A well-placed road can mean better access to schools, health facilities and justice services. It can mean a mother making it to a hospital in time to deliver her child. It can also give a woman a quicker, safer route to sell her goods at the local market, or a job as a construction worker.
"A neighbouring village has now asked our women’s group if we can weave wire baskets for them in return for payment. With the training I got I was able to contribute to the wall project in my own village and to the family income."
A woman who received training in wire basket weaving in a similar project funded by Italy.
From rehabilitating roads in Afghanistan to building health clinics in Sierra Leone, UNOPS supports infrastructure projects that achieve real progress for people in need by engaging local communities and empowering the most vulnerable. These infrastructure projects, implemented on behalf of a range of UN, government and other partners, have the ability to not just grow economies but to make a tangible improvement in people's lives – women and girls' in particular.
This improvement starts by constructing facilities for women and girls to access education, justice, and healthcare. But UNOPS realizes that a successful road or school is more than just tarmac or bricks. Infrastructure can create livelihoods and empower communities. Working closely with governments and communities, the organization strives to create infrastructure that is truly ‘owned’ by the people it serves.
In particular, UNOPS project managers work to improve gender equality and empower women at all stages of their projects. The results of this work are more girls in school, more job opportunities for women, more control over their health and more power over their own lives. This is the true power of infrastructure.
Helping girls go to school
Getting more girls into schools is about more than just building school facilities. That is why high quality projects to build schools consider 'soft' inputs such as free school lunches and community engagement. Alongside such inputs, 'hard' outputs like the physical design of the building can also make a huge difference. In many cultures, girls are less likely to be allowed to go school if they have to share a toilet with boys, or if boys can see them entering a toilet. These barriers are easily overcome by speaking with the community and devising a solution, such as erecting permanent toilet screens at schools in South Sudan, which were built by UNOPS with funding from a range of donors.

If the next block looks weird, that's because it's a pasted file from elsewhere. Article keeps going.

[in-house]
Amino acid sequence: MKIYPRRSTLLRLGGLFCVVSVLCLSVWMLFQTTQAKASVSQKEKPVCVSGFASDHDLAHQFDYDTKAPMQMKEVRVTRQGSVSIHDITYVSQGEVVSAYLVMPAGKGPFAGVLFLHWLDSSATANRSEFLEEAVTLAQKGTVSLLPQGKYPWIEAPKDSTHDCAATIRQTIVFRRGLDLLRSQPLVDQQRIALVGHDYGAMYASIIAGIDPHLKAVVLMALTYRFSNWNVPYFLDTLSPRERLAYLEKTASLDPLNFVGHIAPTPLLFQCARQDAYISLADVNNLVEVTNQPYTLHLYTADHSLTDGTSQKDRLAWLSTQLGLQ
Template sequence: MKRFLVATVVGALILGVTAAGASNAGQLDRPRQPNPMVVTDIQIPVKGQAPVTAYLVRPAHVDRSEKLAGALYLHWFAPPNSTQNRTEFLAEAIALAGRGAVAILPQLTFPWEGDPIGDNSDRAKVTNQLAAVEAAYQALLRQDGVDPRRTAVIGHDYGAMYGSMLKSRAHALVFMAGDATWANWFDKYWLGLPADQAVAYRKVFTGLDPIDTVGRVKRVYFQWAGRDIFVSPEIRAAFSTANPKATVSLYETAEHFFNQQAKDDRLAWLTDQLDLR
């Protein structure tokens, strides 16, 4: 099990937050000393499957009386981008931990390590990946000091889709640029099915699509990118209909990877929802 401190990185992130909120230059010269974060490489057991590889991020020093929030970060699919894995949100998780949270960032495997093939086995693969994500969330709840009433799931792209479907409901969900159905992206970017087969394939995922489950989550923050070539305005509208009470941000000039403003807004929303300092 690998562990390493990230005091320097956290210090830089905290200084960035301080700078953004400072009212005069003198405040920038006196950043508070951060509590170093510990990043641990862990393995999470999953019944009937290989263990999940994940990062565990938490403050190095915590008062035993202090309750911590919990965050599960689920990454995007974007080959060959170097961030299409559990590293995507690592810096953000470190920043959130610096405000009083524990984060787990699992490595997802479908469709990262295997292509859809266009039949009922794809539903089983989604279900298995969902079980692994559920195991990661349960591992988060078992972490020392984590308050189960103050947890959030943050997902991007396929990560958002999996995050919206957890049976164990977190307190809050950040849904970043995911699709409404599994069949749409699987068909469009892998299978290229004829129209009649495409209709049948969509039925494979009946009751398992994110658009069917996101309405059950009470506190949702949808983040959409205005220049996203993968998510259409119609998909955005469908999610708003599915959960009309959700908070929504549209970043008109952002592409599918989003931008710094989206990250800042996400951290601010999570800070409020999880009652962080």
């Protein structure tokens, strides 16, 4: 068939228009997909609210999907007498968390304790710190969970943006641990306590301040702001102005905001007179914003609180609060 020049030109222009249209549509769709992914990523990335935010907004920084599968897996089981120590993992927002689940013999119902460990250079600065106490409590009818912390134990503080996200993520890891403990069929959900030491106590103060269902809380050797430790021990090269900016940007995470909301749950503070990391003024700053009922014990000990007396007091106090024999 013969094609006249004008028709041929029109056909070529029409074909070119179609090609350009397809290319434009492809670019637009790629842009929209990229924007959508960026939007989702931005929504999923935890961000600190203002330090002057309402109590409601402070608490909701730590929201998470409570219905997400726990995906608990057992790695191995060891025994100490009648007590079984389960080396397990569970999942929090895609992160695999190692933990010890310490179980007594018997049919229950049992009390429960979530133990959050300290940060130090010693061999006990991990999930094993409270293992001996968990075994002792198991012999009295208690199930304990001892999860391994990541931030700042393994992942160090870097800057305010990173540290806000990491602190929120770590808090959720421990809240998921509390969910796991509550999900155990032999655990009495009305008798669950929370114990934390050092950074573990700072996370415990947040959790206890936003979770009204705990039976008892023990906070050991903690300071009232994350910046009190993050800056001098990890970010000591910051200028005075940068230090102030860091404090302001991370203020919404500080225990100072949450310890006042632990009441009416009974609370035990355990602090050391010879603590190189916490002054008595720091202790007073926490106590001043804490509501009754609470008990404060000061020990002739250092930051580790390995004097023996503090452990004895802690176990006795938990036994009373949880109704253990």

Providing work and business opportunities
Construction work on the 16/6 project in Haiti. Photo: UNOPS/Claude-André Nadon
Infrastructure projects can also provide considerable amounts of work for local communities. Labour-based road projects in particular can inject much-needed cash into post-conflict or post-disaster communities, while increasing skills and developing capacity. With the right planning and community outreach, these projects can also attract women into the labour force and provide skills for future jobs. For example, when building roads and shelters in post-earthquake Haiti on behalf of multiple donors, UNOPS emphasized a labour-based approach in order to be able to employ as many Haitians as possible, with a particular focus on female heads of households. This approach empowered women while at the same time ensuring a minimum family income to help improve lives and promote economic recovery.
Breaking traditional boundaries
In some cases infrastructure projects can help break traditional boundaries for women. For example, a Swedish-funded road project in Afghanistan wanted to give the community's women the chance to work on the roads like the men. As this is an area where women traditionally do not work outside the home, outreach officers were employed to persuade local community leaders to agree to let women work. This approach was a success and 105 women were trained to screen gravel and weave wire baskets for wall building. This enabled them to both learn a useful new skill and earn a valuable income for their families. The women reported that working as a group also led to the creation of an informal social forum where they could exchange ideas on ways to improve their lives.